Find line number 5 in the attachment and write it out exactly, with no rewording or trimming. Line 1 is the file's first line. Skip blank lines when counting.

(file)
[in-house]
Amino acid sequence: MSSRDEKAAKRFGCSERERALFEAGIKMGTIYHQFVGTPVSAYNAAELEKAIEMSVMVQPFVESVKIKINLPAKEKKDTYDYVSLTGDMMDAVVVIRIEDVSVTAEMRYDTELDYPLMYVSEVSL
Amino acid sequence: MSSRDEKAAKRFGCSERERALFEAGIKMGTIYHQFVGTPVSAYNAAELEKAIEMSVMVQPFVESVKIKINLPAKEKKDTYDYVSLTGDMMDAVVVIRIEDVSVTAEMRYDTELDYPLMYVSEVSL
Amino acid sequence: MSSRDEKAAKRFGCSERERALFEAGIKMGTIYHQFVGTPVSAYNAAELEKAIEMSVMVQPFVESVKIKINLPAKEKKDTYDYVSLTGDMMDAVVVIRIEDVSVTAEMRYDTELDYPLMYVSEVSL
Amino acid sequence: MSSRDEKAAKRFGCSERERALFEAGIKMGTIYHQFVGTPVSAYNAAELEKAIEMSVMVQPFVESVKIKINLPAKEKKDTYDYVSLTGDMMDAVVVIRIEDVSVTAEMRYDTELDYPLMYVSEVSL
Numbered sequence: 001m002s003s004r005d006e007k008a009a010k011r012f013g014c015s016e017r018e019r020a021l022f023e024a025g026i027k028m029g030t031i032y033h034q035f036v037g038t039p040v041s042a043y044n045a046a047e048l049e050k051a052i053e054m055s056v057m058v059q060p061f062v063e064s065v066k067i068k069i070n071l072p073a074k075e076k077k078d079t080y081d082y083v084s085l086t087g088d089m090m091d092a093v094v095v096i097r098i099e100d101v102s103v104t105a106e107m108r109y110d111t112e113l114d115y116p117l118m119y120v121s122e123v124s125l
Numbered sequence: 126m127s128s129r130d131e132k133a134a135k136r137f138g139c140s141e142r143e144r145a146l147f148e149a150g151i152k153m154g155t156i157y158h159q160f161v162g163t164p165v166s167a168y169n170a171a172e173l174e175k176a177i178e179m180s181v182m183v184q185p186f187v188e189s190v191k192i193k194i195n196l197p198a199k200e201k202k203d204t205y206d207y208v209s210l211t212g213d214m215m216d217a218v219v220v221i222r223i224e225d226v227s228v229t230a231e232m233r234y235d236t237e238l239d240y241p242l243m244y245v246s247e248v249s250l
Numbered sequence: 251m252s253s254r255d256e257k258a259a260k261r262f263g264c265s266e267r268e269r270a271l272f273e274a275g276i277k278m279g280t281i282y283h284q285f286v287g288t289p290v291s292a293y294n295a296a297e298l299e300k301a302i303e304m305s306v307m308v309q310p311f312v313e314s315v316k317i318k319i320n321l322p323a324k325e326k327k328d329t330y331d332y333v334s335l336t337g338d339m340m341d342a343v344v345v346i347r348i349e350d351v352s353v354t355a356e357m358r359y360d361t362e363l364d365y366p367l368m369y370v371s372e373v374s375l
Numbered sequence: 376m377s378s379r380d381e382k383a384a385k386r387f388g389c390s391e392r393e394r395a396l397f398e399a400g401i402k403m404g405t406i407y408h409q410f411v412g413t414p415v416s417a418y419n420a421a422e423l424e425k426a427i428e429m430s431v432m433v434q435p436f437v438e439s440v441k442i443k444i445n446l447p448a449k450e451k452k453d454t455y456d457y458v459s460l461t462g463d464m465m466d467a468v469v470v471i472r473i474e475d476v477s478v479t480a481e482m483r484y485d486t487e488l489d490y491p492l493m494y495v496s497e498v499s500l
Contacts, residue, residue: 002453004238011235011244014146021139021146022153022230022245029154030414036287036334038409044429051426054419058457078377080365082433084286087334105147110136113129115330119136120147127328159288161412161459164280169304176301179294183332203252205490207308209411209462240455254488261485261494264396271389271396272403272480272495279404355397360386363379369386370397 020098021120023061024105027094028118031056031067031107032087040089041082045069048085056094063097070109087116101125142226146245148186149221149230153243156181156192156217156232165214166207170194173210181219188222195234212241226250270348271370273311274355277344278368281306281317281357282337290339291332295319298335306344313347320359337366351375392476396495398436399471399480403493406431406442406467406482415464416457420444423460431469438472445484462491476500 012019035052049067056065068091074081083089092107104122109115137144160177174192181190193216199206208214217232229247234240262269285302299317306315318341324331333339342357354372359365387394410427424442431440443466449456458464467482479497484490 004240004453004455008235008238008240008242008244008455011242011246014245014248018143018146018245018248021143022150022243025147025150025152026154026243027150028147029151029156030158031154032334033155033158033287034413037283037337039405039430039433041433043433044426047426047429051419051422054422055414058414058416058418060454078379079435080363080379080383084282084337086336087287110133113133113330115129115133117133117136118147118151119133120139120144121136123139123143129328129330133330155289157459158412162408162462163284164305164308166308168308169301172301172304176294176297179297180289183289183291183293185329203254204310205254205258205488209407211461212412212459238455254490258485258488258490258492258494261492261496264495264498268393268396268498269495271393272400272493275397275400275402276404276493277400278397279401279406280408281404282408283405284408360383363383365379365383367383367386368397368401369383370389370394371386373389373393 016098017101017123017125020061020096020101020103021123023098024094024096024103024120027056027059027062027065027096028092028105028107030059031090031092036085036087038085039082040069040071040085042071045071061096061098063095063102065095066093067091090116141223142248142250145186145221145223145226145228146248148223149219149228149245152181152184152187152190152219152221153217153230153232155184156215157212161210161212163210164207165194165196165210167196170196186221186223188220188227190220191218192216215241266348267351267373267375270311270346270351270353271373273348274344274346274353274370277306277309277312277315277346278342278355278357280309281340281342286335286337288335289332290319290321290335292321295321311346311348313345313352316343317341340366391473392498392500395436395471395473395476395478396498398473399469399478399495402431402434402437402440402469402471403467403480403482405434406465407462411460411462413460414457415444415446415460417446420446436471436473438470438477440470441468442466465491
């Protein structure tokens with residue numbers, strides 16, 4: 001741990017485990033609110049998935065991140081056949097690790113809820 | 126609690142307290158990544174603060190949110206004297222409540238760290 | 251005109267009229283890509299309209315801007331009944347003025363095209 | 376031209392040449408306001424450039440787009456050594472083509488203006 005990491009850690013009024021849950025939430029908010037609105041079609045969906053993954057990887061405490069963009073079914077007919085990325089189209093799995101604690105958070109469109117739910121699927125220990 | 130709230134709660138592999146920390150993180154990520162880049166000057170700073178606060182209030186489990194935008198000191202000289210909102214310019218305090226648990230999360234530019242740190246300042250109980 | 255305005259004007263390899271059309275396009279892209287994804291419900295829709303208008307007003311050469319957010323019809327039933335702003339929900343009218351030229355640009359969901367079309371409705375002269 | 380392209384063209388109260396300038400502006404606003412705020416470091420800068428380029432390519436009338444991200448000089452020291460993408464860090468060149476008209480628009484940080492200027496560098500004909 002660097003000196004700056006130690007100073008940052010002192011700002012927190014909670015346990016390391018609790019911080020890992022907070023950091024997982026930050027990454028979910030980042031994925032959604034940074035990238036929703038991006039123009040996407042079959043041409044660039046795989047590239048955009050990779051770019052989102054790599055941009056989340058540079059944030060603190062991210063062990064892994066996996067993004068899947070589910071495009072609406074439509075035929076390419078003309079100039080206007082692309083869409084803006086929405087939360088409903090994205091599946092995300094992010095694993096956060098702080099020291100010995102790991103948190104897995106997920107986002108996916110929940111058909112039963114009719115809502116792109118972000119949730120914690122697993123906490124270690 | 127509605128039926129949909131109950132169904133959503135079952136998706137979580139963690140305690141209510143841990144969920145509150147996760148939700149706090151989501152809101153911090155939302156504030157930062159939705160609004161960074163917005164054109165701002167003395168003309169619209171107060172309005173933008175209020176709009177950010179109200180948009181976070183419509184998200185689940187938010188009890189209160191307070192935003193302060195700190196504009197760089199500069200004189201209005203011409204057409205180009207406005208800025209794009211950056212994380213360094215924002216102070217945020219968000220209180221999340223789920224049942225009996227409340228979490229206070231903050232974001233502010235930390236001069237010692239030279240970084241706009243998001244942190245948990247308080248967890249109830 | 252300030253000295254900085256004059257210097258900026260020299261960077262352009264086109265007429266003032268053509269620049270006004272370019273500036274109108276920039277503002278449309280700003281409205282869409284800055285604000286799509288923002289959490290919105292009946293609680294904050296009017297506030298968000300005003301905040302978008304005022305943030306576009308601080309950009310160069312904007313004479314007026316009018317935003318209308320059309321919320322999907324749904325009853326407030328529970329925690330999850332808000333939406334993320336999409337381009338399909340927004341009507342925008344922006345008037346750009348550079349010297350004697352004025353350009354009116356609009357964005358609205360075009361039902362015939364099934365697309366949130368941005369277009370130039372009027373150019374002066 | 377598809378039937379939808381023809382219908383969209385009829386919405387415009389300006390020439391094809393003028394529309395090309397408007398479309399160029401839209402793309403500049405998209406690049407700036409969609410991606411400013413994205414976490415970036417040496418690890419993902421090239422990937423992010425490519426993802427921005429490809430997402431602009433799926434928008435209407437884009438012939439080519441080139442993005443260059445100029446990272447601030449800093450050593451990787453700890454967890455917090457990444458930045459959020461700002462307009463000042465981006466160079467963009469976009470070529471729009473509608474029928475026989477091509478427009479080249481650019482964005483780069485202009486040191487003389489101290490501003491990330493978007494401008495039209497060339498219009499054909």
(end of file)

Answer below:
Amino acid sequence: MSSRDEKAAKRFGCSERERALFEAGIKMGTIYHQFVGTPVSAYNAAELEKAIEMSVMVQPFVESVKIKINLPAKEKKDTYDYVSLTGDMMDAVVVIRIEDVSVTAEMRYDTELDYPLMYVSEVSL